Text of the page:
Supergod #3

by Chad Nevett, Reviewer |

Cover Price
$3.99 (USD)
Release Date
Mar 24th, 2010

Mon, March 29th, 2010 at 6:58PM (PDT)


“Supergod” has been a revelation as Warren Ellis tries to examine a world where all of the superhumans operate in entirely different ways than traditionally thought of. Think of Dr. Manhattan from “Watchmen,” make him even more alien and, then, create a few more of him. It’s an interesting experiment, told more like an essay than a narrative, though that changes in this issue as the various superhuman elements look to be converging in a single place with, what one can assume, will be disastrous results.

In this world, the superhumans created by various governments all think in different, alien ways. Krishna, the Indian superhuman, goes about protecting India by, first, decreasing its population to a manageable size. Morrigan Lungus, a combination of three British astronauts and alien fungus, is kept in a basement, worshipped as a god by some and requires anyone in the building to take special fungal-killing pills to prevent it from producing spores inside of people.

In this issue, the narrator and central character of the story, Dr. Reddin, tells of a time when he got drunk and went down and demanded answers from Morrigan Lungus. What the tri-headed alien fungal god says is disturbing and a little difficult to understand, speaking in a different manner than a human would. It’s compelling and unnatural.

Ellis plays around with time in this issue, showing bits and pieces of upcoming events as Reddin tries to remember the order of events. Ellis takes the manner in which Moore used Dr. Manhattan’s temporal perception abilities and enhances them: the Iraqi superhuman is not a slave to what will happen, able to choose which potential future to create, seeing it as a series of tunnels and paths to take. It’s a collection of purple pieces of metal or rock and these lenses. A creepy visual that works well with its creepy powers as it responds to what Reddin says in the future, able to perceive Reddin speaking about him.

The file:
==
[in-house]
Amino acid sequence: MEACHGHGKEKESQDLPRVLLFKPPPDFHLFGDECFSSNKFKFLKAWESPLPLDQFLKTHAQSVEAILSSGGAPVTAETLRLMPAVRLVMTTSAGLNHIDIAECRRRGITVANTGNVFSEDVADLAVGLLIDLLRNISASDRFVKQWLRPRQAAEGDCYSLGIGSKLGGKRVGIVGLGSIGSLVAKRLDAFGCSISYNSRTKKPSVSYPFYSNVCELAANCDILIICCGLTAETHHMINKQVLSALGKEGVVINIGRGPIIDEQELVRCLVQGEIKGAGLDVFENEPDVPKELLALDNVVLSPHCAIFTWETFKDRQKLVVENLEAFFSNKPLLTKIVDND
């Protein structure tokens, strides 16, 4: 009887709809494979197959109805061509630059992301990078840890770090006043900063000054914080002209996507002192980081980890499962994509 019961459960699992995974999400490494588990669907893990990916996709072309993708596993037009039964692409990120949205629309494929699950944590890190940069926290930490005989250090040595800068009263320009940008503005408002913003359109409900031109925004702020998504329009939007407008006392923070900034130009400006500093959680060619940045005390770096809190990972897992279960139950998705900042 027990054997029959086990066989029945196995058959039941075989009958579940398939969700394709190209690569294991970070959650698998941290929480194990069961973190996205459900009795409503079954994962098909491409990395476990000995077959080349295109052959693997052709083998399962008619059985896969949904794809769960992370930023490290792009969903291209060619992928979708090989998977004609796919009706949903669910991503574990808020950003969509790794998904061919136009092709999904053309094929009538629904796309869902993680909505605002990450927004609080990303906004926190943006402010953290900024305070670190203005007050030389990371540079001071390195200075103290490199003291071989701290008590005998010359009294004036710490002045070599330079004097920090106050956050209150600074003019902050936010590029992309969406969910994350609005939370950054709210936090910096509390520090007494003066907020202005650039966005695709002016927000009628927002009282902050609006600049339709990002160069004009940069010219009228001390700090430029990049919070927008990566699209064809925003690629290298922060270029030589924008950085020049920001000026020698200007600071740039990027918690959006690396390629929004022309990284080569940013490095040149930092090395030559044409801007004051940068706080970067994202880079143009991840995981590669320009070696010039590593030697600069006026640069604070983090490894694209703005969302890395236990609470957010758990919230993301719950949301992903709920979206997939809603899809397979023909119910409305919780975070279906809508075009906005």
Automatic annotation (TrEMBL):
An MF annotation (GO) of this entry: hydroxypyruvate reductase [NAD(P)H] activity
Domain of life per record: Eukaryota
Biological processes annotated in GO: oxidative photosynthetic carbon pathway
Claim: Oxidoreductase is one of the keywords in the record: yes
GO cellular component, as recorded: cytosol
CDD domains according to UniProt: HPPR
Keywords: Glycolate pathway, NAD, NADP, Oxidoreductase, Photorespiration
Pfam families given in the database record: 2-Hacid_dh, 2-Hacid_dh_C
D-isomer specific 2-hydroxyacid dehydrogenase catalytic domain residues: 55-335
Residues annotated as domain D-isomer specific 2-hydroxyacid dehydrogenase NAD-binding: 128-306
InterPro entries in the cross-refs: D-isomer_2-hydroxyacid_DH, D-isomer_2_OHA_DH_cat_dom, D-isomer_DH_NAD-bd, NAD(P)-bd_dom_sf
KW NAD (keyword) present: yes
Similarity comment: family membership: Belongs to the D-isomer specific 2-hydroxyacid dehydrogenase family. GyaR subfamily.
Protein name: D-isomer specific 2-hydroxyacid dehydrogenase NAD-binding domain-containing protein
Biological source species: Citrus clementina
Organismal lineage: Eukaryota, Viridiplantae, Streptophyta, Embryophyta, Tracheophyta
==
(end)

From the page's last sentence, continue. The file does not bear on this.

Garrie Gastonny’s art is clean and strong. Most of the time, he seems like he’s trying to keep up with Ellis’s writing, jumping between Reddin in the ruins of London and the events of the past, showing superhumans doing horrible things. However, he has a few places where he excels like the two pages showing the Iraqi superhuman or the Morrigan Lungus monologue. He’s at his best when he’s depicting this human-yet-alien creatures that are similar to us, but different. A scene where Krishna kills 90% of India’s population is energetic, but lacks a true feeling of horror. It’s all energy and half a dozen people dying, lacking the emotional weight necessary for the scene. When focusing on one or two specific characters, Gastonny does great work, but the sheer amount of detail, characters, and scenes that are in this comic seem to be too much for him.

“Supergod” #3 continues the fascinating series that acts as a template almost for the next batch of superhuman writing, exploring the idea of superhumans as alien, as gods, as something other than the all-too-human characters we’re accustomed to. It’s one of the most thought-provoking and interesting things Ellis has done.

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